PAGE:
There’s nothing more difficult than the thought of losing a child. After all, we expect to lose our parents at some point in our lifetime, but never a child. If your child has a terminal illness, or you are close to or caring for a child at the end of life, the most important thing you can do is support them throughout their journey.
It may seem easy to become overwhelmed with the immense responsibility of caring for a dying child, but with the right support and some education from the experts, you can make an incredible difference in his or her life. Here are some steps to take during the final months of life as you cope with this tragic loss.
Children understand more than we know, and a child who has dealt with a terminal diagnosis likely has a better grasp of what’s going on than we might think. It may seem appropriate to sugarcoat the situation, but for the child, that can become confusing and may make the situation even more painful. It may be difficult, but talking about death in a broad sense may make the conversation a bit easier.
If your child has questions about death or loved ones who have passed, do your best to be honest. They likely have fears and general anxiety around the subject, just as we all do, and understanding what is in store for all of us can actually make a major difference in how they cope. Depending on how old the child is, you can gauge the appropriate responses. A toddler may be unable to understand the concept or even want to ask about it, but older children may have a foggier understanding from friends, community members, books, television, and more sources. However they come to you, be ready to support them with open and honest communication in a way that feels appropriate.
If and when your child shares fears around the subject of death, reassure them that life does not end when we are gone off this earth. We will always be remembered by our loved ones, and reminding your child that they will live in the hearts of everyone they’ve touched can be an extremely comforting thought.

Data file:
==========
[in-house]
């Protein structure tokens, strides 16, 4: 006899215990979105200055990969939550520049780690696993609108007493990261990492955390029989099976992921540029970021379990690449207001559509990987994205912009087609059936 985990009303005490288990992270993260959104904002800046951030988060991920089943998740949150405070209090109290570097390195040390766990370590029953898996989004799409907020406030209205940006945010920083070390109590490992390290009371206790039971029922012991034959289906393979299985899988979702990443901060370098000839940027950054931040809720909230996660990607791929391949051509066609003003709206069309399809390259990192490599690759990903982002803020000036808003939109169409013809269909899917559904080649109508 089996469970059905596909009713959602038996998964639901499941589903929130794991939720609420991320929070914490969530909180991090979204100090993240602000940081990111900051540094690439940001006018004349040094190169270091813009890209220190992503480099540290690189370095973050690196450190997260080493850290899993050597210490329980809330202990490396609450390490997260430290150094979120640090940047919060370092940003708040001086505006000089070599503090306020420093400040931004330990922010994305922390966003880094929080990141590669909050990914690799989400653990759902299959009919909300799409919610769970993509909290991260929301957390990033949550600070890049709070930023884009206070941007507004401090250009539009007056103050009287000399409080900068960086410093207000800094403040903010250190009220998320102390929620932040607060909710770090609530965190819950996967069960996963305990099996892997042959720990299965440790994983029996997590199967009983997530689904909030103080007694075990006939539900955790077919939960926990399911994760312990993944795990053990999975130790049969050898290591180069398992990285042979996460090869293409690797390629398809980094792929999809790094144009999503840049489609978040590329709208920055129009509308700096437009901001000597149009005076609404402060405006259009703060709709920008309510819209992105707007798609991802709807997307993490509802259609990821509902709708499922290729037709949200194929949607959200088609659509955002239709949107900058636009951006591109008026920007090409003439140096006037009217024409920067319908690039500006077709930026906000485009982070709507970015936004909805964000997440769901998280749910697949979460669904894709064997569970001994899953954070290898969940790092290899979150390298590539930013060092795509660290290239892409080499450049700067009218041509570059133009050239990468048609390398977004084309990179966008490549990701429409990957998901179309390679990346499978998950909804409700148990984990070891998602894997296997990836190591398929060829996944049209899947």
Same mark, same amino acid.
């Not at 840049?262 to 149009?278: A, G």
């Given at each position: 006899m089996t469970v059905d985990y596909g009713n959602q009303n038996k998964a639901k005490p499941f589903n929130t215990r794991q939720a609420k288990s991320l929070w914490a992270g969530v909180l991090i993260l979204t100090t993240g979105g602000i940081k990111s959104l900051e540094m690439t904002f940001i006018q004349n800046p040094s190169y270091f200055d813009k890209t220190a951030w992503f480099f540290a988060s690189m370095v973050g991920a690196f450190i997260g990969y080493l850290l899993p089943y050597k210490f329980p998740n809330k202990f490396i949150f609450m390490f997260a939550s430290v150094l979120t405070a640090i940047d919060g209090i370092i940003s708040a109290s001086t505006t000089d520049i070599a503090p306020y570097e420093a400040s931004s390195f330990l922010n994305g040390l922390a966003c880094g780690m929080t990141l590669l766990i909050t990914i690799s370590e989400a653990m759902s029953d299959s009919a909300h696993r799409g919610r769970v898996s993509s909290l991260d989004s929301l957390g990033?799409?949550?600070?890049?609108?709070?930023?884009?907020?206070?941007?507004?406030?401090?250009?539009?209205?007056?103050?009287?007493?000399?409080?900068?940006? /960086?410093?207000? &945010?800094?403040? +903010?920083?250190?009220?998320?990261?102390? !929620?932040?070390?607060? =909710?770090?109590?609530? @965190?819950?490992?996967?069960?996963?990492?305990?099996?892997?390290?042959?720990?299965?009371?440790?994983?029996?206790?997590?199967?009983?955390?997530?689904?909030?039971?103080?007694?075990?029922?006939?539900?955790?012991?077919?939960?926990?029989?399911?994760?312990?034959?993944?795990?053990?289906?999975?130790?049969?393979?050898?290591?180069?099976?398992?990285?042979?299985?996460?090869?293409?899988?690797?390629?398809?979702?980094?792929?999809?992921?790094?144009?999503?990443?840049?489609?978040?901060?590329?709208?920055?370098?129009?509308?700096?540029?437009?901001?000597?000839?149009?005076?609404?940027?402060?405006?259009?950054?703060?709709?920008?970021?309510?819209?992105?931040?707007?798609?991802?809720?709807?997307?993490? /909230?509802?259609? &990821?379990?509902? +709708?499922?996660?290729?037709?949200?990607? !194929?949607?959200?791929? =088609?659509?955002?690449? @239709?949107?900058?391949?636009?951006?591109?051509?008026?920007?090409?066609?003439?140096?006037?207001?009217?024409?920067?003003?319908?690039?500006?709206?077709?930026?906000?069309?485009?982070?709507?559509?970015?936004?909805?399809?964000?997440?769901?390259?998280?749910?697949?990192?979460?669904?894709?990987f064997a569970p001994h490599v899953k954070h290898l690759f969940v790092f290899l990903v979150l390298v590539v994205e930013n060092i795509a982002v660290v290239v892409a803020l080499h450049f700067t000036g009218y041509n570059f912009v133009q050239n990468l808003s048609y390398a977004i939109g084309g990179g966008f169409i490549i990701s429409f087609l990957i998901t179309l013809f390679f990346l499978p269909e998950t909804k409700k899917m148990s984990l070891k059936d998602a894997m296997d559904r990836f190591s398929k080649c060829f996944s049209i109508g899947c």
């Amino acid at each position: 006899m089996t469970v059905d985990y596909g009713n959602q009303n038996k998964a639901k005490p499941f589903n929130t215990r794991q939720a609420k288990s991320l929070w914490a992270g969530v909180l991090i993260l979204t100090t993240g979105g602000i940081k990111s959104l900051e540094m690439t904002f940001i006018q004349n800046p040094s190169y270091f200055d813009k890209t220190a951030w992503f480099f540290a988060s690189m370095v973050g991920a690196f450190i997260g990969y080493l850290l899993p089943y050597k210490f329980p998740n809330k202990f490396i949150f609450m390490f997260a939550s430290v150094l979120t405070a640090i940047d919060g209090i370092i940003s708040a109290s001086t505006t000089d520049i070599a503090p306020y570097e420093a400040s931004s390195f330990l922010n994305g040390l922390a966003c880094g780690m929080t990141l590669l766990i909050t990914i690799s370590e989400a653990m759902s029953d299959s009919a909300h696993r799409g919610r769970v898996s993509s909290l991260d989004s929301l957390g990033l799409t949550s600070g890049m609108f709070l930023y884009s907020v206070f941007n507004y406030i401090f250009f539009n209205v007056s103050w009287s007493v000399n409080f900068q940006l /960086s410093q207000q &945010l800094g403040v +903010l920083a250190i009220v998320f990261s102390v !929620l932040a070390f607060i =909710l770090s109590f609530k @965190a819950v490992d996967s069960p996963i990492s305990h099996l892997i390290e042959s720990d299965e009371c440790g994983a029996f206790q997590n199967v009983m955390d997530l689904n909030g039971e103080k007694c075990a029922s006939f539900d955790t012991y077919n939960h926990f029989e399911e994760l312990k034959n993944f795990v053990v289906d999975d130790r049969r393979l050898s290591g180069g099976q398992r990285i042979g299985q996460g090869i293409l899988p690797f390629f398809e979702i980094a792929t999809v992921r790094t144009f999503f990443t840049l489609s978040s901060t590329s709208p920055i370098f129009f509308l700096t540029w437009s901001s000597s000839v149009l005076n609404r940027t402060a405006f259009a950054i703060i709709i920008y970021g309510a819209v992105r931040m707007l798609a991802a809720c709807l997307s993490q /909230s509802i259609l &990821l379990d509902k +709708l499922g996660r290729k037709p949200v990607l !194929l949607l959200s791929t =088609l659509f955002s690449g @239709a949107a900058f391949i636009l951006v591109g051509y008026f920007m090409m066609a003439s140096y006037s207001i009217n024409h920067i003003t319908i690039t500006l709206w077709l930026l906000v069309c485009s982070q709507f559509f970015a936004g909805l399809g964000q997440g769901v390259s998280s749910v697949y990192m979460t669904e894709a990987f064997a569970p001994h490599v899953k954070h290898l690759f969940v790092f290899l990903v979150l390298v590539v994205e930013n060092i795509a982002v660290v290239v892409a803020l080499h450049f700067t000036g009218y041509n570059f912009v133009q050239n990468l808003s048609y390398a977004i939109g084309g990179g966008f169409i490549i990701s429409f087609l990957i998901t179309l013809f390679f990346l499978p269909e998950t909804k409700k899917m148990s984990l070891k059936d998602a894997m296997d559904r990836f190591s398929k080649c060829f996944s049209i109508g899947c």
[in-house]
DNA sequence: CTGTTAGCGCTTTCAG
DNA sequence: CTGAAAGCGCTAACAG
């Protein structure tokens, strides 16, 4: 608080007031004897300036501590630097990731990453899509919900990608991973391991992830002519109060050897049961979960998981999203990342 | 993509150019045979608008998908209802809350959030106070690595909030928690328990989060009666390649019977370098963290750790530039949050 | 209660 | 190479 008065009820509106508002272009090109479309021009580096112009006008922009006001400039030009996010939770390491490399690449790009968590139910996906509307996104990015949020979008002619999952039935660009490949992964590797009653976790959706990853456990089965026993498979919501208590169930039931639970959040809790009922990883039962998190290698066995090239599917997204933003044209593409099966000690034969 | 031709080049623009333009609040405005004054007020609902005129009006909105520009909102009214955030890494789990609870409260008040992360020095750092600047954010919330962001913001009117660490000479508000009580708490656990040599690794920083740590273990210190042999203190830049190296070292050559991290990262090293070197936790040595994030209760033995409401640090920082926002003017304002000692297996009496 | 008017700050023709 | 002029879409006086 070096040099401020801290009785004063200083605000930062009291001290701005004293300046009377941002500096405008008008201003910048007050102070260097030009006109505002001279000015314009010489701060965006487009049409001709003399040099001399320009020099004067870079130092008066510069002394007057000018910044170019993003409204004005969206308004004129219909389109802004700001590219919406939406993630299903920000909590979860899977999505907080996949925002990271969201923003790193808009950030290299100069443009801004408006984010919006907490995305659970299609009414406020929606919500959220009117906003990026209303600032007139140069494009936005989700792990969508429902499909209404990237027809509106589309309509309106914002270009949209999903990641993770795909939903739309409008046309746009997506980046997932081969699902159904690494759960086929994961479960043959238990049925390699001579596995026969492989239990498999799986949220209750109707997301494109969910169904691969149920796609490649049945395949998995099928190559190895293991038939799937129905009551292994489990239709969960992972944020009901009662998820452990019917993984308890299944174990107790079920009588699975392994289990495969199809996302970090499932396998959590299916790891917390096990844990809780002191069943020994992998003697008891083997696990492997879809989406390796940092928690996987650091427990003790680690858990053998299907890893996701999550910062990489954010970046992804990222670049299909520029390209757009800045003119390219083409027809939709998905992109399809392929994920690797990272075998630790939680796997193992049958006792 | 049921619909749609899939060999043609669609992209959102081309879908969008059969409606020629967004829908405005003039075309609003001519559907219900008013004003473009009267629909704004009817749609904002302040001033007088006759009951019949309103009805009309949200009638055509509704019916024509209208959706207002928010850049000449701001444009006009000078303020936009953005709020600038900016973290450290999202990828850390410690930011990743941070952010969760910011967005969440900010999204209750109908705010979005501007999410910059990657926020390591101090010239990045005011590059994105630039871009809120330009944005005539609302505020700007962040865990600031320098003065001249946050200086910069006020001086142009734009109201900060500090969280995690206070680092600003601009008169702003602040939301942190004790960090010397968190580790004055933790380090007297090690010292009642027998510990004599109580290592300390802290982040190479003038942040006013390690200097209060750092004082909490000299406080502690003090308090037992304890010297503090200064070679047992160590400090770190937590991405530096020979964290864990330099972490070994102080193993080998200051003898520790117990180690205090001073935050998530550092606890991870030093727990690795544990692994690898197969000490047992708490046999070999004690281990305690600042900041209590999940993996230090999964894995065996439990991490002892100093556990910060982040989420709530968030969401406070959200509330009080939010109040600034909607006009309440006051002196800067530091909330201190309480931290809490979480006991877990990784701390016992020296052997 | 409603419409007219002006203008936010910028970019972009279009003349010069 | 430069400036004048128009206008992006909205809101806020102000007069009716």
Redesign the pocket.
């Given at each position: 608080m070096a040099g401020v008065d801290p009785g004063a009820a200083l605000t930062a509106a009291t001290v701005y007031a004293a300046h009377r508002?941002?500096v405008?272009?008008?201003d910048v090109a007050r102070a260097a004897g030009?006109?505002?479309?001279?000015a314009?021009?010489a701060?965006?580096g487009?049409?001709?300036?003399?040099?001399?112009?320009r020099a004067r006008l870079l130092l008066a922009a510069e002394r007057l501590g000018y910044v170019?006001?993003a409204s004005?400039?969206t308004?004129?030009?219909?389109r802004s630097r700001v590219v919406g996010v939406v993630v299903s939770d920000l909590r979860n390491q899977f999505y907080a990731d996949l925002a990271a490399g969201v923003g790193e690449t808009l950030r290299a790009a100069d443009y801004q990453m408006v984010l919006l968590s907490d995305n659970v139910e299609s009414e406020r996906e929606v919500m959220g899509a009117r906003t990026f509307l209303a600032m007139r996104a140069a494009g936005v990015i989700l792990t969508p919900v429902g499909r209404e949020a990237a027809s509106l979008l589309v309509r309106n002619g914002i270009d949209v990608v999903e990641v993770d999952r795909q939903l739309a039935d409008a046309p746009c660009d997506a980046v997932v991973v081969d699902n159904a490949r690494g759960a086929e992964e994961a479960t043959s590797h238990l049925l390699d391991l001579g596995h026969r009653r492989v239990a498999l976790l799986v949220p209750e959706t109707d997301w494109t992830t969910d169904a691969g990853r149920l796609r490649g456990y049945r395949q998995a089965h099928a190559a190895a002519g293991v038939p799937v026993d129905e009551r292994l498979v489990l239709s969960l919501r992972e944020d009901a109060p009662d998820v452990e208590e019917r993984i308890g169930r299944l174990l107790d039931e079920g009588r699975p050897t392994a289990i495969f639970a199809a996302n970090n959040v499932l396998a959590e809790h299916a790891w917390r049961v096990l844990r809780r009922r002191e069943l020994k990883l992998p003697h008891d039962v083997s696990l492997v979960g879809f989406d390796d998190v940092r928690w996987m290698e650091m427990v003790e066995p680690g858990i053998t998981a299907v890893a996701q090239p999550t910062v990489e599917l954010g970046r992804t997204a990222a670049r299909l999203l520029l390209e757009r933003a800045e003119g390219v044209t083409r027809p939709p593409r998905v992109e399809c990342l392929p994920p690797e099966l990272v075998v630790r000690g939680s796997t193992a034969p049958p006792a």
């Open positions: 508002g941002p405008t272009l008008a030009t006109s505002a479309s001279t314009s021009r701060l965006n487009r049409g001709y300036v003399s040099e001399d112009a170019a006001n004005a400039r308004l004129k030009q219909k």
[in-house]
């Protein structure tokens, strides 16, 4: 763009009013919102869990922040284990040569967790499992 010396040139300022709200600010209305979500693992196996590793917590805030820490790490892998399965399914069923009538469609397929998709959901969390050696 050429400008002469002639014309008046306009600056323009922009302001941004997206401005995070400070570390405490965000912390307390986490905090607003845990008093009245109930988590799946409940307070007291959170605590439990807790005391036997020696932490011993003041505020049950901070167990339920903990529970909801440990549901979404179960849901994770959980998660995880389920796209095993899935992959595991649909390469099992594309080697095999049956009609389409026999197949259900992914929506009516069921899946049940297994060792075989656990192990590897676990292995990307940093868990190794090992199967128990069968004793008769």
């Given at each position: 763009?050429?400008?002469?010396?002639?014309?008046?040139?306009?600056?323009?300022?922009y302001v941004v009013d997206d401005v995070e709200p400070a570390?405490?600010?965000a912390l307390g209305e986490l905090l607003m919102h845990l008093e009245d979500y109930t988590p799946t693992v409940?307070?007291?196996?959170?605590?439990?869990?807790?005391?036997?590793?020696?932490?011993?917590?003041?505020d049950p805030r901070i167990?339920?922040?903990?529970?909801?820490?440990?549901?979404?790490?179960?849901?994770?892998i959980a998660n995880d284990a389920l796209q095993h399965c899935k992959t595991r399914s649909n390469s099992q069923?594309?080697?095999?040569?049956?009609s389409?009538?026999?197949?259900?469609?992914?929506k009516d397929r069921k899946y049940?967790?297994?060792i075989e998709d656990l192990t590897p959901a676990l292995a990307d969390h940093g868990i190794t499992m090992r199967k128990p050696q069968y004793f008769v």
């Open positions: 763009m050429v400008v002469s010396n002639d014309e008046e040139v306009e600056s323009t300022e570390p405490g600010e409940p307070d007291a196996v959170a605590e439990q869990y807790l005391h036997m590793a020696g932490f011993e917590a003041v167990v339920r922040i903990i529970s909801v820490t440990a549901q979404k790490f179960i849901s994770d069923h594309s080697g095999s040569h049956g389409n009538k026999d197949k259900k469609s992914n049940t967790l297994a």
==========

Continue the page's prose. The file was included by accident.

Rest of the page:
There is no benefit in hiding your pain as you go through this difficult time, and it can be counterproductive to put up a tough front. This is obviously a hard place to be in for you and your family, but when talking with your child, try to alleviate the guilt that many children feel as they reach the end. Children often express a fear of leaving behind loved ones. It’s important to reassure them that, while you love them more than life itself, it’s that love that will help you continue on.
Providing quality care to anyone at the end of life is vital. It can be a burden on families to go through this experience alone, and with bills, jobs, and other necessary duties to worry about, it may become completely overwhelming. But, the good thing is, you never have to do it alone.
Hospice care isn’t just an option for the elderly or older individuals dying of cancer or another terminal illness. Children’s hospice care is available and can make a huge difference in the lives of families who are supporting a terminally ill child. Hospice nurses can provide palliative care to improve quality of life during the end, and will not only life some of the burden off you and those around you, but can also lift some burden off the child, since they’ll know they have a qualified professional helping them every step of the way.
Article Submitted By Community Writer